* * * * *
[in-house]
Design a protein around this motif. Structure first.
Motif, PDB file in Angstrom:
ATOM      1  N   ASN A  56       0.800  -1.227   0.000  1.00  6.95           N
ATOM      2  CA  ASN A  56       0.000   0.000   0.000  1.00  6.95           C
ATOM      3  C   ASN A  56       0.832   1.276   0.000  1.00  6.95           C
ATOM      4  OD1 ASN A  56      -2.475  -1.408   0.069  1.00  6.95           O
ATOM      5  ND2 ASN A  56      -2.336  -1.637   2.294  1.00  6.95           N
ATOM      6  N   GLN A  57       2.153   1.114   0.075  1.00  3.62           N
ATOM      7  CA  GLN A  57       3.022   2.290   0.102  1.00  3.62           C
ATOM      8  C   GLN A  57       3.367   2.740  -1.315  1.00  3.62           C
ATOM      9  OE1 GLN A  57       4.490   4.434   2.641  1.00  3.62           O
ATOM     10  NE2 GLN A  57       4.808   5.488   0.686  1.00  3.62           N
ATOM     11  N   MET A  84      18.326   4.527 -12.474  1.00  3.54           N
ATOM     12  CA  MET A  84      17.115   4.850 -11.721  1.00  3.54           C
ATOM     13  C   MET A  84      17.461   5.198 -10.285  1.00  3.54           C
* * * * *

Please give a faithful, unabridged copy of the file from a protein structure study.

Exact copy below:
[in-house]
Design a protein around this motif. Structure first.
Motif, PDB file in Angstrom:
ATOM      1  N   ASN A  56       0.800  -1.227   0.000  1.00  6.95           N
ATOM      2  CA  ASN A  56       0.000   0.000   0.000  1.00  6.95           C
ATOM      3  C   ASN A  56       0.832   1.276   0.000  1.00  6.95           C
ATOM      4  OD1 ASN A  56      -2.475  -1.408   0.069  1.00  6.95           O
ATOM      5  ND2 ASN A  56      -2.336  -1.637   2.294  1.00  6.95           N
ATOM      6  N   GLN A  57       2.153   1.114   0.075  1.00  3.62           N
ATOM      7  CA  GLN A  57       3.022   2.290   0.102  1.00  3.62           C
ATOM      8  C   GLN A  57       3.367   2.740  -1.315  1.00  3.62           C
ATOM      9  OE1 GLN A  57       4.490   4.434   2.641  1.00  3.62           O
ATOM     10  NE2 GLN A  57       4.808   5.488   0.686  1.00  3.62           N
ATOM     11  N   MET A  84      18.326   4.527 -12.474  1.00  3.54           N
ATOM     12  CA  MET A  84      17.115   4.850 -11.721  1.00  3.54           C
ATOM     13  C   MET A  84      17.461   5.198 -10.285  1.00  3.54           C